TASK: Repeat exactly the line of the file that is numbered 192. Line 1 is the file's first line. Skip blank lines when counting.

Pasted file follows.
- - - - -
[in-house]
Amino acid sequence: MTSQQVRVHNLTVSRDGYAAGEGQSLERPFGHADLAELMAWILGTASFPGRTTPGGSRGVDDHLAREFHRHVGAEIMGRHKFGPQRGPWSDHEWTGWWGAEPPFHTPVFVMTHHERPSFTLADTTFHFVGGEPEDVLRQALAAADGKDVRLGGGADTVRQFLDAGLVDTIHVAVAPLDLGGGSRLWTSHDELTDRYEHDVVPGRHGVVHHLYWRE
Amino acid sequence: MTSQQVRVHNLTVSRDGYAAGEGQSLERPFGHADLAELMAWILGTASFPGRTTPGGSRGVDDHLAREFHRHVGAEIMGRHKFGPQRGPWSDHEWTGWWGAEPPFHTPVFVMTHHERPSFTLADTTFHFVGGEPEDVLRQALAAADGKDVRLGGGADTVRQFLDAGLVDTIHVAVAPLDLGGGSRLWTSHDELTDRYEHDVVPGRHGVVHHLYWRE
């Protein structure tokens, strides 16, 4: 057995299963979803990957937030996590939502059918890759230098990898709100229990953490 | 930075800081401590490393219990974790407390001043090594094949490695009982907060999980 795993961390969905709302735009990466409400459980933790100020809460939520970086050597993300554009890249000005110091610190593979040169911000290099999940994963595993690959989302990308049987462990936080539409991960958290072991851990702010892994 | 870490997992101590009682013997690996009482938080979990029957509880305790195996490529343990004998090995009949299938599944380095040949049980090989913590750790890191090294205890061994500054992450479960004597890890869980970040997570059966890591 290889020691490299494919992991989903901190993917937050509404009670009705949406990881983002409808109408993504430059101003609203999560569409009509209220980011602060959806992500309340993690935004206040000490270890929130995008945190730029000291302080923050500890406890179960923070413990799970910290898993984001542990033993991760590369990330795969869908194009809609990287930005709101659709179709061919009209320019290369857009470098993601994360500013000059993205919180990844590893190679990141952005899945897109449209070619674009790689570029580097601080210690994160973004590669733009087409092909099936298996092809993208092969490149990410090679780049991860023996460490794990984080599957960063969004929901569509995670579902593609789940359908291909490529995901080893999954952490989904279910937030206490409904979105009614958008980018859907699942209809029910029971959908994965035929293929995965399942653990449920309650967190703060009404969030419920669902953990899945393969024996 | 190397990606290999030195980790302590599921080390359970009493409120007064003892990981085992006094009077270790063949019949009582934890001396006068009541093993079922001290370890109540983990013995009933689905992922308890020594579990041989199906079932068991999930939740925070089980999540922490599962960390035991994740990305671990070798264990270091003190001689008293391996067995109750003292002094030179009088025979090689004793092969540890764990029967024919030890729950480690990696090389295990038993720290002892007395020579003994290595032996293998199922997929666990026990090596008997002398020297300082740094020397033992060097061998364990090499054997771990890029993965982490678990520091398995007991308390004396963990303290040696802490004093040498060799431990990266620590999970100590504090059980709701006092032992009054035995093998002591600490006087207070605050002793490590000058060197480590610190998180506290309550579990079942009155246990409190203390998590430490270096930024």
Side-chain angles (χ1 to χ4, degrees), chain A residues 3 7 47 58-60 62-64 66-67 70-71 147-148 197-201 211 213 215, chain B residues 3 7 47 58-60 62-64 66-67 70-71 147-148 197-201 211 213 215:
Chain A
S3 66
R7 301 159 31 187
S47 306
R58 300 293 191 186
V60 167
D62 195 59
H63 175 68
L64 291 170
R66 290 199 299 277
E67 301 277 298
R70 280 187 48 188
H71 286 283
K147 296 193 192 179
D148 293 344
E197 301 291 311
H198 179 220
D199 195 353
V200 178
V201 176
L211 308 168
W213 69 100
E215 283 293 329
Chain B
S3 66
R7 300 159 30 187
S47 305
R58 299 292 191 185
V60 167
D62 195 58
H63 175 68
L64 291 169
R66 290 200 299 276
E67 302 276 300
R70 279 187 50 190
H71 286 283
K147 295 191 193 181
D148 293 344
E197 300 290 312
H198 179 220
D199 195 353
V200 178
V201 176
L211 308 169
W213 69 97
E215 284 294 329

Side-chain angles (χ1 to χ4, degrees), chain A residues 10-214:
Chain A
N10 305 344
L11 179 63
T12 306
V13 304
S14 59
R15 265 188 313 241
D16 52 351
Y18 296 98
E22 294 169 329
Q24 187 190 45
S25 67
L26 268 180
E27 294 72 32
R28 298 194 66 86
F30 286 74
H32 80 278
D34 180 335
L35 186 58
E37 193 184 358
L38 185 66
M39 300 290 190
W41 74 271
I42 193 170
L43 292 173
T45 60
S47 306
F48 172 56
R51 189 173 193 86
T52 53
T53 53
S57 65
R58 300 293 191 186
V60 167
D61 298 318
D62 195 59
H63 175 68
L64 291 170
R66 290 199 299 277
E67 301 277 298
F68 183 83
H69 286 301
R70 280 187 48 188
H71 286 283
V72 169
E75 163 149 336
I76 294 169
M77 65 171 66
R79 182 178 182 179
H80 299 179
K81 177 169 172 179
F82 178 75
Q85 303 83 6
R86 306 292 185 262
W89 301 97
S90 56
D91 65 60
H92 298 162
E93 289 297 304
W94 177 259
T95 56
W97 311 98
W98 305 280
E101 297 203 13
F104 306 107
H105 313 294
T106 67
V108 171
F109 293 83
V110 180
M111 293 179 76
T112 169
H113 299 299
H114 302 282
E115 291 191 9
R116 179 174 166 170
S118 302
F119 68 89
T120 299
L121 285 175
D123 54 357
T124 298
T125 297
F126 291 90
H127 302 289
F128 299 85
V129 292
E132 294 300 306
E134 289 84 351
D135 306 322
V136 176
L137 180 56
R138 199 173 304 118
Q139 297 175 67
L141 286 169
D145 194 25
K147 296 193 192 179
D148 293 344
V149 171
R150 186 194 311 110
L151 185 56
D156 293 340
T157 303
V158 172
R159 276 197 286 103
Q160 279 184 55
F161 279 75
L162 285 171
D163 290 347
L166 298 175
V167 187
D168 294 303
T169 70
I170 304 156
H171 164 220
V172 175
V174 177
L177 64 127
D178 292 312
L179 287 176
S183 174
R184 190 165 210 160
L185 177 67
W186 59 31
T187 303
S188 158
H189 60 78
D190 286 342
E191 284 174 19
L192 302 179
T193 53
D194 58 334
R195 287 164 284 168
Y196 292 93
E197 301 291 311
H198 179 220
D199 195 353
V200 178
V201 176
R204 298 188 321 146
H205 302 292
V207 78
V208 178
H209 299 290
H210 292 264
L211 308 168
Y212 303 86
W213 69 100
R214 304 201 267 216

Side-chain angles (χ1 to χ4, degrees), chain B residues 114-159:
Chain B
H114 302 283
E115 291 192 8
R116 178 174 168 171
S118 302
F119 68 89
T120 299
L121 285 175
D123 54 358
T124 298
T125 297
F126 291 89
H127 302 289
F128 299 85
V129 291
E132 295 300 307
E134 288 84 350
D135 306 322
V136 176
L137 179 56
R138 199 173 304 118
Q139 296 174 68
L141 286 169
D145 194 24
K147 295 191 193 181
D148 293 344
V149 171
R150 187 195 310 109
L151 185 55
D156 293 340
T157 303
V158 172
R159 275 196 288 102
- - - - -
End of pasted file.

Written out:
R204 298 188 321 146